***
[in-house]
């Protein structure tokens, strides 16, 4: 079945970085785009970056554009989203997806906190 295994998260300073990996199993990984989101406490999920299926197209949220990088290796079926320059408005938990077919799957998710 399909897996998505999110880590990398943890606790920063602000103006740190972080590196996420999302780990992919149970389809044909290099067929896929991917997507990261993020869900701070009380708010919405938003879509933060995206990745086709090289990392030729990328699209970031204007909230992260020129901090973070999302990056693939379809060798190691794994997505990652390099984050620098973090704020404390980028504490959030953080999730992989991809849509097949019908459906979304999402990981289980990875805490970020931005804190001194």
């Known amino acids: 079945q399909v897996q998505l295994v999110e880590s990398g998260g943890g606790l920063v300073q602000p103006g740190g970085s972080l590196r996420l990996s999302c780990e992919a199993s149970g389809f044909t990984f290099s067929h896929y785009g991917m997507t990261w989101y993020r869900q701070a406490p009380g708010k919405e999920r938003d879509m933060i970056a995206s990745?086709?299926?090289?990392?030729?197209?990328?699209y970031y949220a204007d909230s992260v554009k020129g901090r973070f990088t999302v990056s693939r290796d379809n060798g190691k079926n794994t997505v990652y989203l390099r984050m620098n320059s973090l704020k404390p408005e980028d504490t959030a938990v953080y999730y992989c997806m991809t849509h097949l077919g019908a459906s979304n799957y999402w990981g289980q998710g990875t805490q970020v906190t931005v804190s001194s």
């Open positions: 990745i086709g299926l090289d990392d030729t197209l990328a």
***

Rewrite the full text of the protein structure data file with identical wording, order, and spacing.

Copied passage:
[in-house]
């Protein structure tokens, strides 16, 4: 079945970085785009970056554009989203997806906190 295994998260300073990996199993990984989101406490999920299926197209949220990088290796079926320059408005938990077919799957998710 399909897996998505999110880590990398943890606790920063602000103006740190972080590196996420999302780990992919149970389809044909290099067929896929991917997507990261993020869900701070009380708010919405938003879509933060995206990745086709090289990392030729990328699209970031204007909230992260020129901090973070999302990056693939379809060798190691794994997505990652390099984050620098973090704020404390980028504490959030953080999730992989991809849509097949019908459906979304999402990981289980990875805490970020931005804190001194």
């Known amino acids: 079945q399909v897996q998505l295994v999110e880590s990398g998260g943890g606790l920063v300073q602000p103006g740190g970085s972080l590196r996420l990996s999302c780990e992919a199993s149970g389809f044909t990984f290099s067929h896929y785009g991917m997507t990261w989101y993020r869900q701070a406490p009380g708010k919405e999920r938003d879509m933060i970056a995206s990745?086709?299926?090289?990392?030729?197209?990328?699209y970031y949220a204007d909230s992260v554009k020129g901090r973070f990088t999302v990056s693939r290796d379809n060798g190691k079926n794994t997505v990652y989203l390099r984050m620098n320059s973090l704020k404390p408005e980028d504490t959030a938990v953080y999730y992989c997806m991809t849509h097949l077919g019908a459906s979304n799957y999402w990981g289980q998710g990875t805490q970020v906190t931005v804190s001194s």
């Open positions: 990745i086709g299926l090289d990392d030729t197209l990328a």